My daughter asked recently if I recalled the little ‘Note-In-A-Bottle’ ship I made for her when she was about seven. Like I could ever forget how thrilled she was when we actually heard back from it!
It was a little ‘ship’ about a foot long rigged with a weighted keel underneath to keep it upright and a mast with a small sail to move it along with the wind. We mounted a plastic medicine bottle on top with her handwritten note inside. It was placed in the ocean off southern Maine with an offshore breeze, and we got a card back about six months later from the little boy who found it on the beach over 100 miles away in Massachusetts.
Now my daughter has children of her own and I thought it might be nice to do that again for all the grandchildren. As I listed them all down to make sure I didn’t miss anyone I thought of several other children of neighbors and friends who might enjoy such things and listed them down too. Long story short, my list is at twenty-four today and still growing. My simple germ of an idea has now officially become a full-blown project – and I’ve asked my wife to help make all the sails. But, she’s a good and cheerful soul and is doing so with gusto.
(The boat will have a medicine bottle affixed on deck with a stainless hose clamp when finished. I can’t pin this sewing on my wife – this is my own sad attempt! Thank goodness she has now taken over this part . . .)
(This is just one of several hull shapes being tried, and gives an idea how they are made)
As the idea kept mushrooming, the design kept evolving – mostly the sailing rig part. One challenge was the making of all those weighted keels. The first few were made with heavy gauge sheet metal to which I brazed a slug of 1/2” steel rod. Then I thought, well, real ballast keels are usually cast aren’t they? So, I worked out a way of casting them with concrete (Quikcrete Patching Mix) with hardware wire reinforcement and a steel slug for the main weight. Castings require molds, but once the mold is made you can repeat the casting over and over again, and all copies will be the same.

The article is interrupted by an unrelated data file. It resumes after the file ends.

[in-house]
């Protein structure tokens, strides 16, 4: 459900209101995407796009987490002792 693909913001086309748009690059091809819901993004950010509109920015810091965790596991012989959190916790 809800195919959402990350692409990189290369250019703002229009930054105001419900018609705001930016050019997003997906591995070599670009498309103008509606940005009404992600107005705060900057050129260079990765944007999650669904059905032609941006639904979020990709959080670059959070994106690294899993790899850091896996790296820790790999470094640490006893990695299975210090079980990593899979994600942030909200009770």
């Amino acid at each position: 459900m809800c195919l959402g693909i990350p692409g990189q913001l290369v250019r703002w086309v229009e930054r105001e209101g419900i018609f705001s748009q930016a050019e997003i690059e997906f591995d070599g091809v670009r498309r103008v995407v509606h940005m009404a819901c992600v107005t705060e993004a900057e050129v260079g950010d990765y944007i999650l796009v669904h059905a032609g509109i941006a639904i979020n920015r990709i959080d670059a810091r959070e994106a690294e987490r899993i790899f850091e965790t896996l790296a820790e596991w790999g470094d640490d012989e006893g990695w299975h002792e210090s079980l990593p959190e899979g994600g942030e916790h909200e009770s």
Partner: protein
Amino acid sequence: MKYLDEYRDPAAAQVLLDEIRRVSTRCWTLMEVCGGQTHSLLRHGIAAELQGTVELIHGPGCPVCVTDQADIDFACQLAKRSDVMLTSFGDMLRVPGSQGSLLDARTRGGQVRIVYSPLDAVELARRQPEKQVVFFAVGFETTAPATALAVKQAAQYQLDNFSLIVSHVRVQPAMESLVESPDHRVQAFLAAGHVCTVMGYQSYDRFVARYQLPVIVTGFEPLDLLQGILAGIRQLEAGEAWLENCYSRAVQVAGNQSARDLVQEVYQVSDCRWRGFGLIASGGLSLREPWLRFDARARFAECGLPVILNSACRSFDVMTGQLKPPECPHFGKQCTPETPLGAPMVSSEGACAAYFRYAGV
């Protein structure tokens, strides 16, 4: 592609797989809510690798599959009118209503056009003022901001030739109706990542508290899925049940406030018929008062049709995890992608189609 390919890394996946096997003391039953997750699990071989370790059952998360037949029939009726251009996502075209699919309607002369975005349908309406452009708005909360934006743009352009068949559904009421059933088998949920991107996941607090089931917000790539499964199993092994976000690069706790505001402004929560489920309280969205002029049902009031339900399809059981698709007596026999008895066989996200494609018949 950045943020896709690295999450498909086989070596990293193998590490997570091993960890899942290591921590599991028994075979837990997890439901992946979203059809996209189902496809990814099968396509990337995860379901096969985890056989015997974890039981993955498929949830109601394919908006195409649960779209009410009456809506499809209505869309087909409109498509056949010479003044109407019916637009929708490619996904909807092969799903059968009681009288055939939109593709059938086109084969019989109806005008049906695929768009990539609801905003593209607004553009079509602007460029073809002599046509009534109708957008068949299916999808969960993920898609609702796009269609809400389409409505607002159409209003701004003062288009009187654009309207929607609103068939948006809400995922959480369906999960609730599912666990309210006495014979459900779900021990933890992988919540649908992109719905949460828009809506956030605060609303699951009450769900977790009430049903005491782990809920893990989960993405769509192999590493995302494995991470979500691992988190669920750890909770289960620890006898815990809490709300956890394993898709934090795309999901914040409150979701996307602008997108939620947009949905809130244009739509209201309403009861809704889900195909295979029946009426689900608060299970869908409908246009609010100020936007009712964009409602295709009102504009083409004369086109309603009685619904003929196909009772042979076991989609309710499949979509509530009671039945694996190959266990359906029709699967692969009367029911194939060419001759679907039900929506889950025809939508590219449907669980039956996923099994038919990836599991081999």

(One-half of split mold with resulting casting)
(Split mold showing casting, and internal metal reinforcing and weight. Paint is what I used to finish the mold to help mold releasing. The mounting tab is affixed to the casting during the casting process with two 2” drywall screws which engage the wire reinforcing inside the casting. The finished keel is then screwed or bolted thru the tab to the boat hull.)
I now have 18 boats more or less completed and will post those to Lumberjocks as a project in due course. No boats have been delivered yet as I want to make sure all the kids get their boats around the same time. I will send a little write-up with them about how my daughter sent her own boat off into the wild blue sea so many years ago and heard back from it later on. I figure the kids can always use the boats in the bathtub too, which is probably what the younger ones will do anyway.
The wooden boats are a little over 12” long and weigh all up including ballast keel, a little less than a pound each – they are hollow inside, and I’m trying several different hull shapes. They are designed to sail about 30 – 45 degrees off the wind (slanted off to one side or the other from dead downwind) so they might be launched in a greater variety of wind directions.
And my payoff is in the doing as usual . . .
PS: I have now uploaded a short video showing one of these boats sailing. This was to test out my theories on how the boats should be rigged and trimmed. There are always small tweaks needed for things like this. You can note that the boat sails at an angle away from the wind when the breeze is light, and as the wind increases over 5 MPH or so the boat turns towards the wind more and more. It is designed to remain on one ‘tack’ and if somehow it gets turned around, it will always turn back to the original tack. The ballast keel keeps it upright even it it gets upset – it will always come back right-side-up:
-- "Never let your dogma get run over by your karma!"